According to 2011 data compiled by the U.S.-Russia Coalition for trade, Russia is currently among the world’s top 10 importers of pork and beef (ranked 5th and 8th respectively). Most recent 2009 data from the Food and Agriculture Organization of the United Nations lists pork and beef as Russia’s top two imports by value, at about $3.
The newly-discovered Schmallenberg virus has spread to southern England. So far, 83 farms in the United Kingdom (UK) have documented infected animals, as well as many farms in Germany, France and the Netherlands. Of the confirmed English cases, most have involved sheep herds, but some infected dairy cattle have been noted as well.
The U.S. Supreme Court just unanimously overturned the Montana Supreme Court’s decision requiring PPL Montana LLC (PPL)—an energy company—and other landowners, such as ranchers, to pay rent for the use of Montana’s riverbeds. The state of Montana and a number of environmental groups had argued that the state owned the riverbeds.
The growth of beef exports around the world has resulted in more conflicts over how individual countries raise their production animals. Increased U.S. beef export efforts, coupled with mutual interest in expanded trade in areas of Asia and Europe to a lesser extent, have sparked controversy over our meat production practices.
Delegates from China met with U.S. agricultural representatives in Iowa to discuss trade agreements and agricultural cooperation at a firstever symposium. Chinese officials toured farms and signed a five-year agreement to direct conversations on agricultural topics.
Sunday, Feb. 19 saw the announcement of what might be the first successful effort to grow meat in a lab. Of course, it didn’t take long for the discussion to take on distinctly science-fictiony tones that would make any nerd feel at home. Star Trek’s famous replicators were mentioned.
Anti-animal ag groups like the Humane Society of the United States have been crowing over recent reports of declining domestic demand for beef. But their cheers might be not only premature, but wholly misplaced. The reality of the so-called decline is far from what it seems on the surface.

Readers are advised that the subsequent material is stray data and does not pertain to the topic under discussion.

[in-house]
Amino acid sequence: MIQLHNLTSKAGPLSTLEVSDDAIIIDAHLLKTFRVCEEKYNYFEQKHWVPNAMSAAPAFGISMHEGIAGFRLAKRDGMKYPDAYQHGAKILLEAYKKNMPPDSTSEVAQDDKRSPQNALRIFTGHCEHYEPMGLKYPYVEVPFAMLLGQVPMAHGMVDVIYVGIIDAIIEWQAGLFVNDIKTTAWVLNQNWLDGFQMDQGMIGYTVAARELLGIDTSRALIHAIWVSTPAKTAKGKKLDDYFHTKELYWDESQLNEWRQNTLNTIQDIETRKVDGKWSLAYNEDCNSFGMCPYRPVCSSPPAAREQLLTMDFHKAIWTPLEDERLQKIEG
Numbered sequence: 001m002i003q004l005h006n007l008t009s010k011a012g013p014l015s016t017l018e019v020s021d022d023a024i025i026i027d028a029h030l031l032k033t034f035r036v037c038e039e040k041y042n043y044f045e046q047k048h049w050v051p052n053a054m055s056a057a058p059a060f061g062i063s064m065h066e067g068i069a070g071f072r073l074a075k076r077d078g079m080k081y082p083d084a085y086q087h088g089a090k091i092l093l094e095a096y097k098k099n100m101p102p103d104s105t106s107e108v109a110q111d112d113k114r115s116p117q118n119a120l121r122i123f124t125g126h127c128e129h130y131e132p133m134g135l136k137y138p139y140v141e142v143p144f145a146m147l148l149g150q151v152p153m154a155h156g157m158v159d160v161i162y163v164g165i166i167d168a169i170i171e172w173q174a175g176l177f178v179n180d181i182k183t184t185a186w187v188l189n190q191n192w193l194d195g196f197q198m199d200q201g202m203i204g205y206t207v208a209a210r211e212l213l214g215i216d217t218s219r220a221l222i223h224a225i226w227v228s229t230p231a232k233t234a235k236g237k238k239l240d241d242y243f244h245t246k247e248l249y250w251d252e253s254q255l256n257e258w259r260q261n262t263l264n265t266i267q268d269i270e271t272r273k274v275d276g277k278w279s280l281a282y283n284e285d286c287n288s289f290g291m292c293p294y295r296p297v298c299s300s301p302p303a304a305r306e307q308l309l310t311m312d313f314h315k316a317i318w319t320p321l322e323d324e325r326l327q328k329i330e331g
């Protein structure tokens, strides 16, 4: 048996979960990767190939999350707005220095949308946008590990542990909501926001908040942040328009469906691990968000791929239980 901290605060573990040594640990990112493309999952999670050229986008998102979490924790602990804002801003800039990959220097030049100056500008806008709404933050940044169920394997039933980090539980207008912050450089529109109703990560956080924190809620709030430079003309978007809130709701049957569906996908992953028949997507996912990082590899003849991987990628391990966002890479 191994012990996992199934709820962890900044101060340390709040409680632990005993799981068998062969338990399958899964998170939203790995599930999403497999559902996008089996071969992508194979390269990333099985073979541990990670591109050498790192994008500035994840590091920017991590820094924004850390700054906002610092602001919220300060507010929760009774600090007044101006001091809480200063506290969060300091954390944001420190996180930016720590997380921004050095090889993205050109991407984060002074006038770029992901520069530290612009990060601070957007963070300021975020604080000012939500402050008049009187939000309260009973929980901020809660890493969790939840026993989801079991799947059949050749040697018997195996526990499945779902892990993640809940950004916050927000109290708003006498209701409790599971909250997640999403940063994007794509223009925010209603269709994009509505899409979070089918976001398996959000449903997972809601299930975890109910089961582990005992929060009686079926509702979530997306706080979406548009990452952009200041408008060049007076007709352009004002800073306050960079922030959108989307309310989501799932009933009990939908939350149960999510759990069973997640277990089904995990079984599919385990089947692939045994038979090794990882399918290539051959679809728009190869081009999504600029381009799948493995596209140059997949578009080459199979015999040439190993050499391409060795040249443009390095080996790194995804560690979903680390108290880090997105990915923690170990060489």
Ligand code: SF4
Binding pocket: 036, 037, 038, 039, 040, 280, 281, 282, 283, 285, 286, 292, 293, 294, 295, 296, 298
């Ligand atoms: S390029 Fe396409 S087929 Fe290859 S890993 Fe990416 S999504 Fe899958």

Ag folks aren’t the only ones complaining about President Barack Obama’s proposed budget. The budget has created some unusual bedfellows; groups like the National Cattlemen’s Beef Association and the Center for Biological Diversity (CBD) are both dissatisfied with Obama’s fiscal proposal.
American ranchers both big and small stand to benefit from the new Trans-Pacific Partnership (TPP). The Pacific-countries trade agreement aims to reduce barriers to trade and integrate companies of all sizes into the global market.
Many non-ag consumers see the concepts of “animal welfare” and “animal rights” as synonymous. Given society’s move away from the farm, consumers’ experiences with animals are often limited to their pets. People’s tendency to see their pets as family members makes the situation ripe for well-funded animal rights groups to exploit consumers’ confusion.
Under fire from critics and lawmakers calling for CME to be stripped of its oversight powers, CME has announced the creation of a $100 million fund to protect farmers and ranchers in the event of another CME-member bankruptcy. The proposed fund would not cover losses sustained from the collapse of MF Global.
The conversation on sage grouse isn’t over yet. The Bureau of Land Management (BLM) and the U.S. Forest Service (USFS) have extended the comment period on their proposed ruling until March 23. They are seeking public comment regarding topics that should be addressed in the evaluation of sage grouse issues.
USDA Agricultural Secretary Tom Vilsack and First Lady Michelle Obama announced last week improved nutritional standards for the National School Lunch Program (NSLP) are coming soon. According to US- DA, this move will be the first of its kind in over 15 years.
Far West real estate markets in states like California and Oregon are picking up slowly but surely. High grain prices and the need for grazing land are driving some buyer interest, but recreational buyers are opening up new market opportunities for ag properties in the west.
Last week’s USDA-issued cattle on feed report was in keeping with earlier predictions. Cattle on feed were up; placements were down due to reduced supplies of feeder cattle. Fed cattle marketings were down slightly with one less trading day which put the marketing rate in line with projections.
The 106th National Western Stock Show (NWSS) ended Sunday, Jan. 22, with strong numbers throughout the 16 days. Opening day started with a bang as Colorado Champions faced off against the World Champions in the first ever Colorado vs. the World rodeo. Over 44,000 people attended opening day, making it the second biggest in history.
Winter feeding and the headache of procuring hay is here. And if you’re looking for hay in the droughtstricken Southwest, it’s probably more like a migraine. With the hardships faced by many states in the western half of the country and the increased demand for hay during the winter months, resources are stretched thin and costs are up accordingly.